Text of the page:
In any society that prioritizes economic efficiency, productivity and order above life and all of life’s varieties, people experiencing altered and extreme emotional states will be seen as defective and as burdens—monkey wrenches that disturb the societal assembly line… more
Corpses of psychiatric patients were found with head injuries and unexplained bruises. Relatives were not informed of the deaths of their loved ones. The transfers of mentally ill patients were seen as business opportunities…. more
With reference to your recent page 4 headline about Minister Harris visiting a school in Bray to discuss mental health, given the performance of the health service in general and the outrageous business of psychiatry with their almost entirely fraudulent ECT treatment and DSM manual full of made-up mental illnesses, it would probably be more appropriate for the members of the school to visit Minister Harris to discuss his department’s mental health.
Here’s an interesting site for exploring some of the dark underbelly of our pharmaceutical companies. From an insider…
I have never before come across an article disputing the dogma that ‘mind’ is simply a synonym for ‘brain’. That they are entirely different was well understood until the early 20th century.
This is far from being mere semantics. It is from the conflation of these two separate concepts that psychiatry has gained their stranglehold on government funding in the field of mental health.
They have used that monopoly to treat the mind by poking around in the brain – either chemically, surgically or electrically (ECT). Let’s not even think about their icepick through the eyeball ‘treatment’.
It is the psychiatric industry’s promotion of the confusion that the mind is the brain that has caused so much damage and brought the field of mental health into such disrespect.
Consciousness does not reside in the brain.
Many years decades ago, as a young man in Melbourne, Australia, I lived with a gorgeous American lady from Topeka, Kansas. She told me that her previous boyfriend was a psychology major and that he had been “really weird” about sex and nudity.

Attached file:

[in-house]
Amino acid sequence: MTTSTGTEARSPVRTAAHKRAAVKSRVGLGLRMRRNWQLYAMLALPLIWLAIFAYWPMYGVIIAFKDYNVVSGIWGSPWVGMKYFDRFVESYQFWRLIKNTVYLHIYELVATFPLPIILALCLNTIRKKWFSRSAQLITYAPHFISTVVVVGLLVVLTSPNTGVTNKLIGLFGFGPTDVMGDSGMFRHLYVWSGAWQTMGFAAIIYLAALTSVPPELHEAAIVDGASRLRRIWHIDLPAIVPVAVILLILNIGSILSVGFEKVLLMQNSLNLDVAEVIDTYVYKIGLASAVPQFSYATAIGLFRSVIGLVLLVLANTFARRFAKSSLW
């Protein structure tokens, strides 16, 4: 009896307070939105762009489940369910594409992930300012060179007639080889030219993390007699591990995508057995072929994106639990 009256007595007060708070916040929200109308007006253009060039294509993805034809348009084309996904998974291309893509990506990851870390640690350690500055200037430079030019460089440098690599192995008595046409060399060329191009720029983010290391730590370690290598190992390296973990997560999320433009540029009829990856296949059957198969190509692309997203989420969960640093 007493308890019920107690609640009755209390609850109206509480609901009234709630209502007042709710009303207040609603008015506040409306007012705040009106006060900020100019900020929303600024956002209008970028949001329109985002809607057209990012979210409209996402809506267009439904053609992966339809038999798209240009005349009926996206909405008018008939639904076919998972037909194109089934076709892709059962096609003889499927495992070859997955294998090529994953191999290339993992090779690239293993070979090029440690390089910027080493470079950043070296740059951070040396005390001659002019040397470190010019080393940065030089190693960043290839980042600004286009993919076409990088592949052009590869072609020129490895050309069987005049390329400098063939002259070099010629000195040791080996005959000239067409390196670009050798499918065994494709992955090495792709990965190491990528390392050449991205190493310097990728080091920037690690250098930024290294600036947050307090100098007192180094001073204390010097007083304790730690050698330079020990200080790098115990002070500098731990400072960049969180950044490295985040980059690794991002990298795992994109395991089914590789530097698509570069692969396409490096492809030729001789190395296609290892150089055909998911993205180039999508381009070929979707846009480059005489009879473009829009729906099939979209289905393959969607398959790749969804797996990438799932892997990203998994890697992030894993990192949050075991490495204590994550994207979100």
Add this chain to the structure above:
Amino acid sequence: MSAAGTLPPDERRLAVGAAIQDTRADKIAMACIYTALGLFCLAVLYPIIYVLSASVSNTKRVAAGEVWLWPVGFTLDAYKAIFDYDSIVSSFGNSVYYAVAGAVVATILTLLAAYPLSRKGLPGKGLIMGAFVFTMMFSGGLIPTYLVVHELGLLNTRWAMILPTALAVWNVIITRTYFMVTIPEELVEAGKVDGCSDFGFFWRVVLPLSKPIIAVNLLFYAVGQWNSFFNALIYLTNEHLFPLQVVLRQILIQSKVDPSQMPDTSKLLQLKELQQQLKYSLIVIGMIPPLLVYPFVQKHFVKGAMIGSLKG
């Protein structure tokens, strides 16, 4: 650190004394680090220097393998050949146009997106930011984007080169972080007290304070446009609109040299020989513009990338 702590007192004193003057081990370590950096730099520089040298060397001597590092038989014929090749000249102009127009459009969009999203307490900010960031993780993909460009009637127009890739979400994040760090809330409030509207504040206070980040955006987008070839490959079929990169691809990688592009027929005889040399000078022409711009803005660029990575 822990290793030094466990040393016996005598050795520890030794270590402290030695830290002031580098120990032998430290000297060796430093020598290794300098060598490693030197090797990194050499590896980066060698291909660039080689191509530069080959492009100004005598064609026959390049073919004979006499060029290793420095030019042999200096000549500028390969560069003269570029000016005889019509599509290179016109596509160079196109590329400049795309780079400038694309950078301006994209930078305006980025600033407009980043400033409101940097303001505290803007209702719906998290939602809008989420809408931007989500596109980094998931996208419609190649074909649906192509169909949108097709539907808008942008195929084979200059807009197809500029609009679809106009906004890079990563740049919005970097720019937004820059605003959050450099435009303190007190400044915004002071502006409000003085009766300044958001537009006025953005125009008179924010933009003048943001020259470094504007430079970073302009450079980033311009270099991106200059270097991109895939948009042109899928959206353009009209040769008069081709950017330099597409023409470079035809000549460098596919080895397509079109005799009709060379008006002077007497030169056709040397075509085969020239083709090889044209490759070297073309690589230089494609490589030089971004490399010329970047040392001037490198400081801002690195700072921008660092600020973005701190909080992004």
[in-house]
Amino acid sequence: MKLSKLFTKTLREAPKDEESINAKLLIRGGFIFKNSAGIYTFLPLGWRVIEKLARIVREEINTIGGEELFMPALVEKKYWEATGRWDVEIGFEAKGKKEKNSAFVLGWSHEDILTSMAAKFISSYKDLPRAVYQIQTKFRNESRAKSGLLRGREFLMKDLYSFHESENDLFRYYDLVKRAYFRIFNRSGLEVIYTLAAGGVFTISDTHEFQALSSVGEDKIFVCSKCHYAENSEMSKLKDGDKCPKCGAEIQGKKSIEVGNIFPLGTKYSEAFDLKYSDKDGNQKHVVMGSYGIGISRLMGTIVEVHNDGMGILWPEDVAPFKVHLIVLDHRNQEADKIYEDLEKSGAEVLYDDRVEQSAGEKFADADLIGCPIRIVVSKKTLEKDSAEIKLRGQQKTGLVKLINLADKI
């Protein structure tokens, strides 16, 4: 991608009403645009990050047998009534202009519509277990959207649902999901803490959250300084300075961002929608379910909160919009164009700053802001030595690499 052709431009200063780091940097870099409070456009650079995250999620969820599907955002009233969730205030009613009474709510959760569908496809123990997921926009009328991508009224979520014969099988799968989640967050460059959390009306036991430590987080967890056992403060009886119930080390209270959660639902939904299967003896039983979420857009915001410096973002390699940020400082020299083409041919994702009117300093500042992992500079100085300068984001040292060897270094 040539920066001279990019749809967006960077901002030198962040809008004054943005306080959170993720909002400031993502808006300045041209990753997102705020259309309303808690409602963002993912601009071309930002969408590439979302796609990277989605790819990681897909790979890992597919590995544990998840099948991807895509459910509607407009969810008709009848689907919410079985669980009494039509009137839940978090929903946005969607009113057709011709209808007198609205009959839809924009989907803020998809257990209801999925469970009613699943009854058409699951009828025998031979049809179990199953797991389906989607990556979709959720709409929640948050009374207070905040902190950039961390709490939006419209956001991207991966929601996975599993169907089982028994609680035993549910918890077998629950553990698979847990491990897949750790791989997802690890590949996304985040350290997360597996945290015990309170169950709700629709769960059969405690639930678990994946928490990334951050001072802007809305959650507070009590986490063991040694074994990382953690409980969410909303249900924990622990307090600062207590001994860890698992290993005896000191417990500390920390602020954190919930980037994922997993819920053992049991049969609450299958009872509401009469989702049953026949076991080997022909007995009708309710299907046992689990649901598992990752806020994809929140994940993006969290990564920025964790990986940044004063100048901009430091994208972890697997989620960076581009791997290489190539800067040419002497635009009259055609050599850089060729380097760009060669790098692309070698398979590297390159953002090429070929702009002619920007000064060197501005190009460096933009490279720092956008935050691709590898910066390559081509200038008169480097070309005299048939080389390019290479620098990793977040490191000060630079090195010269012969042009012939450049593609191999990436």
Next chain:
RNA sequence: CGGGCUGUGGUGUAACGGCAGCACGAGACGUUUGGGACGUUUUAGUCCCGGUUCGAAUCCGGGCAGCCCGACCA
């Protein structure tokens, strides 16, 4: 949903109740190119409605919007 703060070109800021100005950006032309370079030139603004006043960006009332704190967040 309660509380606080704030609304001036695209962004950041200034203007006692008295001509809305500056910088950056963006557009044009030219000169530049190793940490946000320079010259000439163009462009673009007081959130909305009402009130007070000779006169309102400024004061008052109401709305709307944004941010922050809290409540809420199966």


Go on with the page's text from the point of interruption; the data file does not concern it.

“I sort of came to the conclusion”, she said in her soft mid-west burr, “that only someone who had problems themselves would become interested in other people’s problems to the degree that psychologists and psychiatrists are.”
I think that she was right.
It is not only the news media fabrications; Hollywood has a lot to answer for in the degradation of our civilization. The following is far from the only example of their deliberate misrepresentations.
“A Beautiful Mind told the heart-wrenching tale of mathematical genius John Nash’s struggle to overcome the symptoms of schizophrenia. In the end, he credits his recovery to two things: the love of his wife and newer medications.
“The real John Nash wasn’t happy about that “newer medications” line. He’d handled his schizophrenia in the exact opposite way—by ceasing to take meds entirely. Antipsychotic medication, he felt, blunted his mind. He threw them out in 1970 and never went back on them again.
“Nash isn’t the first schizophrenic to convince himself he’d do better off his meds. He’s just a rare case where it actually worked, which is exactly why the screenwriter of A Beautiful Mind fudged that little detail. He didn’t want anyone in the audience following Nash’s bad example and trying to go without their meds.”
Only a ‘bad example’ for pharmaceutical company profits.